A NOTE of black runs through many of the fashions for spring. Black garnitures are used on almost all colors, in silks black forms a. background for brilliant or delicate blossoms or vines, all-black dresses trimmed with jet are considered very stylish, and when a touch of color is necessary for becomingness, the vest is the favorite point for introducing it. Vests in plain red, blue. yellow, or the favorite sage-green, when used in all-black dresses are either veiled with lace having a more or less decided pattern, or seeded with finely cut jet beads or the more conspicuous clone, or nail-heads.

Now, lest you think that the commentary in Demorest’s was only there to sell patterns, here’s a passage from the fashion commentary in the March 1892 issue of Peterson’s Magazine:

Black dresses are much too useful, especially when the wardrobe is a limited one, to be discarded. A black dress with change of vests, or ribbons or other trimmings, can be transformed into a great variety of costumes and is always lady-like. Black net is rather newer than black piece-lace, for dresses.

And, as for underskirts (aka foundation skirts), in the same issue, Peterson’s notes that:

Underskirts At Present: probably because the upper skirt must be held up, are richer than ever. They are even richer than the dress itself. Thus, under a woolen dress of the most modest description, you may see a rich silk skirt of the same. color as the over-dress, and trimmed with a deep lace flounce, beaded with rows of velvet. Then again, under a black dress you may see a shot silk skirt, trimmed with a black lace flounce or pinked-out frills of the same silk. There is a new silk made especially for these under-skirts and is called the frou-frou silk- the “rustling ”
silk. one might say in English.

To show just how black was worked with, let’s start with this evening gown made in 1895 from Maison Worth:

Worth, Evening Gown, c. 1897 – 1899; Galleria del Costume di Palazzo Pitti, Florence, Italy (00000113)

Three-Quarter Rear View

What’s interesting about this evening gown is that the black silk fashion fabric is given further pops of “color” in the form of beading that reflects any ambient light. It’s a very clever effect and definitely draws the eye. At the same time, the wearer’s face would have been lightened up by the ecru/ivory lace running along the neckline. To take this idea further, here’s a day dress from c. 1897-1899 where we see a similar color scheme:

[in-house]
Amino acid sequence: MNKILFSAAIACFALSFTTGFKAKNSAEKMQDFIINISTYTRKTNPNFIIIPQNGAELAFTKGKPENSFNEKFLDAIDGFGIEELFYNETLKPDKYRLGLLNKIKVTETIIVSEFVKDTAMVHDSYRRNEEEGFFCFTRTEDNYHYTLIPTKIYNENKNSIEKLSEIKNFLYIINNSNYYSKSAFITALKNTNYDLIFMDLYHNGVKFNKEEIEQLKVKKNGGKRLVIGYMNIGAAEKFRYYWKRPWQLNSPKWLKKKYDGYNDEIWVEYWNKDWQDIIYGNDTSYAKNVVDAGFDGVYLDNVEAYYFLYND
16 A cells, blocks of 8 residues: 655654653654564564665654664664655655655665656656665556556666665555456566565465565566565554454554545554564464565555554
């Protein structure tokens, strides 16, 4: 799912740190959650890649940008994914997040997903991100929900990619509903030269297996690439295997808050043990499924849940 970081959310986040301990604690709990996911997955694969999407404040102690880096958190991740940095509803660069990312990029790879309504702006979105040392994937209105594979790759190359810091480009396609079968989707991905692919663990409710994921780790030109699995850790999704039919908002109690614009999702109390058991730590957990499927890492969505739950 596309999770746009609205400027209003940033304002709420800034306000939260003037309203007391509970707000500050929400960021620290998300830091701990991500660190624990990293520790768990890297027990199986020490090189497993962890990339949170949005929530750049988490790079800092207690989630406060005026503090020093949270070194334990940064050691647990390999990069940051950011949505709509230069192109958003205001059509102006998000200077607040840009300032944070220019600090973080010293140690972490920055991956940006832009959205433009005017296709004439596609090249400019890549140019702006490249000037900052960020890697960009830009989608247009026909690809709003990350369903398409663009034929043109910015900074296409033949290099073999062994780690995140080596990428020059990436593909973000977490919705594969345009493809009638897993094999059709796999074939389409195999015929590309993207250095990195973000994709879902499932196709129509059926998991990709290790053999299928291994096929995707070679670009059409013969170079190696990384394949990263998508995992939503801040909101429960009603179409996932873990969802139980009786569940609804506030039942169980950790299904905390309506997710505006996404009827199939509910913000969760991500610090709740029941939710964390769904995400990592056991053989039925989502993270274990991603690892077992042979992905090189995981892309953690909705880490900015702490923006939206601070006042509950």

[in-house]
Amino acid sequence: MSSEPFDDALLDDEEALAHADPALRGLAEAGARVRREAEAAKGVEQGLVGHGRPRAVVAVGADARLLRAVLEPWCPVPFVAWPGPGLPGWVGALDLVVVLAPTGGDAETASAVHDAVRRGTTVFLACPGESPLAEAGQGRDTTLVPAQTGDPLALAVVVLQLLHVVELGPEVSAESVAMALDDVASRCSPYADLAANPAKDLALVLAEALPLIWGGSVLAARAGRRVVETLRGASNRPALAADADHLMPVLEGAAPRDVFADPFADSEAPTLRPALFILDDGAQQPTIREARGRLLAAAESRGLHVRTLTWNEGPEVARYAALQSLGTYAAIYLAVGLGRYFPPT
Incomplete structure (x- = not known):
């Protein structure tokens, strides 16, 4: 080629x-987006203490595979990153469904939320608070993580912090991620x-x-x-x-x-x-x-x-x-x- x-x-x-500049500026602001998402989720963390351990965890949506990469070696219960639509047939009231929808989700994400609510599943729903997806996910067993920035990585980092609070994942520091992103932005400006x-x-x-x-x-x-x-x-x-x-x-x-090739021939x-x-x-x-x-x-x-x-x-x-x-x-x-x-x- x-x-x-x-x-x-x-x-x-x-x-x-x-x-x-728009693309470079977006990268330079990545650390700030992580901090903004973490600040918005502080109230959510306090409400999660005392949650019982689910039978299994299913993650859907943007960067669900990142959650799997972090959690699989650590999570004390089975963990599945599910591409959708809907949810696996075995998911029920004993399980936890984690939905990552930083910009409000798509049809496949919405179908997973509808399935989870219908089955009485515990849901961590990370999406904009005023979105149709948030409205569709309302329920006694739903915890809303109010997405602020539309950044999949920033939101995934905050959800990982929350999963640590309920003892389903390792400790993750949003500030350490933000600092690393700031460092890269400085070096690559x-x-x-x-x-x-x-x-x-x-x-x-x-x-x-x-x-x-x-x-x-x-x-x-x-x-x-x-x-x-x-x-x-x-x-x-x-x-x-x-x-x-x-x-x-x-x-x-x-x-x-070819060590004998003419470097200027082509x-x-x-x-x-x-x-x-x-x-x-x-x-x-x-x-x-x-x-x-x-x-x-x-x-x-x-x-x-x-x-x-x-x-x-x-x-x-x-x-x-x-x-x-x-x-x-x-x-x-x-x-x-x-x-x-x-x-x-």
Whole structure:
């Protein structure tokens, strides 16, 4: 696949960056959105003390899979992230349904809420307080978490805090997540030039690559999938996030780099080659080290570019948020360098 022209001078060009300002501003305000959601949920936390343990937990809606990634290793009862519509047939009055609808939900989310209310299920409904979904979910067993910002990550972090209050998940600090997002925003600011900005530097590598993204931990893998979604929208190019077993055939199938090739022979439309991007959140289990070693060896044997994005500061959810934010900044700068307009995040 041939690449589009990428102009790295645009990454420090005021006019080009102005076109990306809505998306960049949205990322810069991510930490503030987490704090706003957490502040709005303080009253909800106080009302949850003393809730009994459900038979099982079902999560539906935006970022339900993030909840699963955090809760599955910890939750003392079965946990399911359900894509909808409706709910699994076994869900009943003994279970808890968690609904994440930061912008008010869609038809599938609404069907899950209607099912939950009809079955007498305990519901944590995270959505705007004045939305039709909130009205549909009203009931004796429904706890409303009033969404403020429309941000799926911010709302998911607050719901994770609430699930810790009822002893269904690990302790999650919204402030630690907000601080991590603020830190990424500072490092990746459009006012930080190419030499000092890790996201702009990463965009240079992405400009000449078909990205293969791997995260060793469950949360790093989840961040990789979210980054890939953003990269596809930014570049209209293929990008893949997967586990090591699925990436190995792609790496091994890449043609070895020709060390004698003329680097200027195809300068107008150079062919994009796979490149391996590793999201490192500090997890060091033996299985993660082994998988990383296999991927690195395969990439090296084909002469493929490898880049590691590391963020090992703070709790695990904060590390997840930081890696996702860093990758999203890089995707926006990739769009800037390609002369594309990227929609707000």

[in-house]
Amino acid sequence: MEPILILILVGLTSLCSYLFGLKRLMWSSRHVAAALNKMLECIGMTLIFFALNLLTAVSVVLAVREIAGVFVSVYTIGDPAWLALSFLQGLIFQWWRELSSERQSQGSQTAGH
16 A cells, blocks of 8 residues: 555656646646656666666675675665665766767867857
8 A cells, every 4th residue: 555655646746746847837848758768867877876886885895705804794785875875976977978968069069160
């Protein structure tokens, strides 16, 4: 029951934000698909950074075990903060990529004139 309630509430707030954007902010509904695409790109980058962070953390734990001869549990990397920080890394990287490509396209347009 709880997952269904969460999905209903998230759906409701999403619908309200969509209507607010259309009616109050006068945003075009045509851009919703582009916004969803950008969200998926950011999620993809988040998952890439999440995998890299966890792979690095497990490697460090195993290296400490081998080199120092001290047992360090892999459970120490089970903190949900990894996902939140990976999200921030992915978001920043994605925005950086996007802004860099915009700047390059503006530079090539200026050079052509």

Day Dress, c. 1897-1899; Galleria del Costume di Palazzo Pitti

And for one one example of manipulating black in dress styles, here’s this day dress from Maison Felix:

Maison Felix, Day Dress, c. 1893-1895; FIDM Museum (2008.5.51AB)

With this day dress, we see a lighter color used as an underskirt combined with shirring around the neckline of the bodice, both in an ivory color. The distribution of color is more vertical and the contrast is toned down by the use of a black lace overskirt in the front.

And there were instances where black was more of a background color as with this circa 1896 evening gown design from Worth:

Worth, Evening Dress, Worth, 1896; Palais Galliera, musée de la Mode de la Ville de Paris (GAL1978.20.1)

Here we see the gold appliques take center stage while the white neckline trim plays the role of lightening up the wearer’s face.

This has only been a small sampling of what’s out there but we think it goes a long way towards establishing that black was very much part of the period fashion aesthetic and could be utilized in a number of different ways to achieve various style effect. In the future, we’ll be examining this topic in more depth so stay tuned! 🙂